Standing Proud – Poor Man’s Family Bitters – Oswego, NY

Only Think! A Half-pint Bottle of Poor Man’s Family Bitters for 25 Cents: a Mild and Pleasant Tonic, Alterative and Stimulant : Composed of Sarsaparilla, Dandelion, Mandrake, Wild Cherry, Prickly Ash, Red Alder, Valerian, &c. … Manufactured by Poor Man’s Bitters Company, Oswego, N.Y. …

Standing Proud – Poor Man’s Family Bitters – Oswego, NY

20 October 2012 (R•051914) (R•052814)

Apple-Touch-IconACurrently on eBay you will see a labeled, Poor Man’s Family Bitters (visit eBay and see listing) from Oswego, New York with quite a bit of cool information on a rather mundane bottle. Well maybe mundane for most, as I find the bottle and brand fascinating and certainly own an example in my collection. I mean this bottle on eBay has a full label, contents and a tax stamp! And then there is the original shipping crate full of bottles! Let’s look at the brand a little closer.

In the picture above I have dropped in an image of the Poor Man’s Family Bitters with three of Jack Stecher’s killer labeled bitters from upstate New York. Folks, there is a product for every housewife and caring mother when shopping for Bitters. For 25c you get the Poor Man’s Family Bitters, and for a lot more you can get the other products. I am looking for unit prices of these bottles if anyone out there knows. A simple bottle, 25c, a great name that says it all and a yellow label. Mom doesn’t need that fancy stuff!

Oswego Morning Herald Advertisement – February 14, 1879

The Era Druggists’ Directory, Volume 18 notes a D. M. Mead as mfrs. for Poor Man’s Bitters – 213 W. 1st

The Carlyn Ring and W.C description in Bitters Bottles is as follows:

POOR MAN’S / FAMILY BITTERS // f // f // f //
Bush Pharmacy   Donald H. Burnside Proprietor   231 W. First St.
Oswego, New York
6 3/8 x 2 3/4 x 1 9/16 (5) 3/8
Rectangular, Aqua, NSC, Applied mouth and Tooled lip, Scarce

Label: Judge me by my works! A laxative bitter stomachic and appetizer. Poor Man’s Family Bitters is only recommended for the relief of temporary constipation and should not be used habitually for it may develop “laxative habit”. In case of nausea, vomiting, and severe abdominal pains, do not use a laxative. These are symptoms of appendicitis. Consult your physician. Poor Man’s Family Bitters are not to be used by children under 12.





Fully labeled, with contents, POOR MAN’S FAMILY BITTERS – American Glass Gallery Auction #12


Fully labeled, with contents, POOR MAN’S FAMILY BITTERS – American Glass Gallery Auction #12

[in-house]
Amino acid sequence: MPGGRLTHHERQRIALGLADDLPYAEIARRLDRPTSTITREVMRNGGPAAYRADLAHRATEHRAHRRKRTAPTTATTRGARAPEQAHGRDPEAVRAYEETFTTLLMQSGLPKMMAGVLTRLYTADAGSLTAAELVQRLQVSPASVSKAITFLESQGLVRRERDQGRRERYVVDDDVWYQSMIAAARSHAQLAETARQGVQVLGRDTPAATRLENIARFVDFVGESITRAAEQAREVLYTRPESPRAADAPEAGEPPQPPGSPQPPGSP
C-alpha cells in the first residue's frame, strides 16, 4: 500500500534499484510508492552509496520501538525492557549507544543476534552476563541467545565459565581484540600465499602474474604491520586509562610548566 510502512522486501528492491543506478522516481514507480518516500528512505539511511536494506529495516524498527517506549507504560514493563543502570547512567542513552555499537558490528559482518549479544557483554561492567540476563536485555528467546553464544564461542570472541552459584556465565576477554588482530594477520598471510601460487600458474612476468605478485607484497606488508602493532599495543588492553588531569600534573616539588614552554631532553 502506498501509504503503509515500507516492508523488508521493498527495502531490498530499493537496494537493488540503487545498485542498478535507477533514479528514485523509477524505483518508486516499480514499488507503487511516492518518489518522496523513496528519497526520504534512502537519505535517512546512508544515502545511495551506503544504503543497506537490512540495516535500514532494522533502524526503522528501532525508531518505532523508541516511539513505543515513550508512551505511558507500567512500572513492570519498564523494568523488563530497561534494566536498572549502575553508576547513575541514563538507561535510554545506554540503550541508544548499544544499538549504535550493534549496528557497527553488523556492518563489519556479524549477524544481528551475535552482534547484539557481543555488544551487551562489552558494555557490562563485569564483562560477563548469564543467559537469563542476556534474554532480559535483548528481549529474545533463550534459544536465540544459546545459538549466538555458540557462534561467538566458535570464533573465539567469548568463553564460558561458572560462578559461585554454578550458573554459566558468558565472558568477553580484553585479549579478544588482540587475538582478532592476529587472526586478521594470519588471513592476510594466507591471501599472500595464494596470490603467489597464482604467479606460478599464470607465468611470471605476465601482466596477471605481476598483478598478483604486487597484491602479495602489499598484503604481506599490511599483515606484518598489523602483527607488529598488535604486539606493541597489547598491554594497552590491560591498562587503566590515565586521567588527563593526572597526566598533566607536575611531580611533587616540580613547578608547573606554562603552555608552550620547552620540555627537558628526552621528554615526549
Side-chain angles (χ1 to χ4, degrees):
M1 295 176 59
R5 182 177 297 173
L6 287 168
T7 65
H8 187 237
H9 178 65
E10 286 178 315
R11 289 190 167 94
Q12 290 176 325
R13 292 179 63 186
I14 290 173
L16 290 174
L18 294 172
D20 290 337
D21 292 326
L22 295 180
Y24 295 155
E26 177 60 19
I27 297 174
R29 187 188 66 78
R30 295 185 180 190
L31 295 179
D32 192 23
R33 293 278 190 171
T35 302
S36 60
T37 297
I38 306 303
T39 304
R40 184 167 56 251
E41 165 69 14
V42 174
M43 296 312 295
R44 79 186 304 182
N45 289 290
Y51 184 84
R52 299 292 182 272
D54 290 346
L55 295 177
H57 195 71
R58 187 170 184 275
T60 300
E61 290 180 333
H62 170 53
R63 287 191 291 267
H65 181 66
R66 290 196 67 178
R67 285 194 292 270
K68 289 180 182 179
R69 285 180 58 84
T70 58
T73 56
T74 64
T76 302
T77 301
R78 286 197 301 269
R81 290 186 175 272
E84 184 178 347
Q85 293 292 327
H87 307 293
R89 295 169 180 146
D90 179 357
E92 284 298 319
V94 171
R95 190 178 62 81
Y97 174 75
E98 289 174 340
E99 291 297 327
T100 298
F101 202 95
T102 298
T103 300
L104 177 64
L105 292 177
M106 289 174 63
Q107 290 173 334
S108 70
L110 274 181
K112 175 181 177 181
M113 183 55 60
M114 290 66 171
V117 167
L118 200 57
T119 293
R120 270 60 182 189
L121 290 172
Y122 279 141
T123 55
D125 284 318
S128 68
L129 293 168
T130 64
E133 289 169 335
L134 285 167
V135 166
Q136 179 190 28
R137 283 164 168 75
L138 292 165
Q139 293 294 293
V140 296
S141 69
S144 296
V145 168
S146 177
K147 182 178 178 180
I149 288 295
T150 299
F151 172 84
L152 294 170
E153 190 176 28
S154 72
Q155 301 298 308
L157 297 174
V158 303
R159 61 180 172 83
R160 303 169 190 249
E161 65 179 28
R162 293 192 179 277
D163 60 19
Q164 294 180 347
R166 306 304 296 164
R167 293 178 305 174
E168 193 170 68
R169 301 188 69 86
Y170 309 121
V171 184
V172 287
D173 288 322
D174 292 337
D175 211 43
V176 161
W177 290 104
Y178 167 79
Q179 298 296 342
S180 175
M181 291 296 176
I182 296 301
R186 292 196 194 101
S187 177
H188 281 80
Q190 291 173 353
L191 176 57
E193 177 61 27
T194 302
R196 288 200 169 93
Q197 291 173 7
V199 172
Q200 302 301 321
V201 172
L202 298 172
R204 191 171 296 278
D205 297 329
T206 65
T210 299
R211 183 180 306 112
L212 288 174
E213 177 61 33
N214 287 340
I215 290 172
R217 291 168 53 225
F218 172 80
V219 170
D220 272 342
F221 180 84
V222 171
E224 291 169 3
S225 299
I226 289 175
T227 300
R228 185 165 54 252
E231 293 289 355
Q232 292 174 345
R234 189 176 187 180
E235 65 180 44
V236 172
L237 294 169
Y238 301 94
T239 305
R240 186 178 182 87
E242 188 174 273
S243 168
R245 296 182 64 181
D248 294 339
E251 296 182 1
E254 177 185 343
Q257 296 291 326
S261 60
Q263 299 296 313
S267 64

Tax stamp on a fully labeled, with contents, POOR MAN’S FAMILY BITTERS – American Glass Gallery Auction #12

eBay Example Description

Rare 1870 aqua Poor Man’s Family Bitters embossed bottle with original label Oswego, New York – perfect condition

This is an antique aqua glass embossed bottle with original paper label from 1870. Bottle is for “poor man’s family bitters”. Bottle has a wrap-around front label and embossing of “Poor Man’s Family Bitters” on the back side. The beautiful label tells all the afflictions this cure-all was used for and directions for use. Antique bottle came right out of a full case which still has the sawdust packing inside of it. This bottle is in as perfect condition as it comes with the label never having seen daylight until now. Medicine bottle has no chips or cracks and has a cork-top. The original contents are still inside, as well, which is hard to find. The top has a proprietary stamp on it dated November 11, 1870. This bottle was produced 5 years after the civil war ended. They put these stamps on items back then to raise money for the wounded veterans of the war. Product was “manufactured by Poor Man’s Bitters Company Oswego, N.Y.”. Please see pictures for the look of this lovely bottle. It measures 6 and 1/4″ tall by 2 and 3/4″ wide by 1 and 3/4″ thick. You won’t find antique bottles in this pristine condition very often. Don’t miss out on owning your very own piece of history. Very old aqua embossed labeled medicine bottle would be great for display in your collection.

WOW. Look at this full case, which still has the sawdust packing inside of it for POOR MAN’S FAMILY BITTERS – eBay example

Standing proud – POOR MAN’S FAMILY BITTERS – eBay example

Labeled with contents POOR MAN’S FAMILY BITTERS – eBay example

Labeled with contents POOR MAN’S FAMILY BITTERS – eBay example

Tax stamp dated November 11, 1870 on the bottom of the POOR MAN’S FAMILY BITTERS – eBay example

2c Revenue Stamp from same time period. Oswego, N.Y. – National Marine Bank check #125, 1/19/1869 date of issue, acct. Of Mrs. _ Robinson__, size approx. 2 5/8″ x 7 3/4″, back blank, Revenue stamp #r15, ink cancel, sharp schooner vignette, blue on cream paper. – eBay


Oswego (see panoramic c 1909 above) is a city in Oswego County, New York, United States. The population was 18,142 at the 2010 census. Oswego is located on Lake Ontario in north-central New York and promotes itself as “The Port City of Central New York”. It is the county seat of Oswego County. The city of Oswego is bordered by the towns of Oswego, Minetto, and Scriba to the west, south, and east, respectively, and by Lake Ontario to the north. The State University of New York at Oswego is located just outside the city on the lake. Oswego is the namesake for communities in Montana, Oregon, Illinois, and Kansas.

Early History

The British established a trading post in the area in 1722 and fortified it with a log palisade later called Fort Oswego. The first fortification on the site of the current Fort Ontario was built by the British in 1755 and called the “Fort of the Six Nations.”

Military Base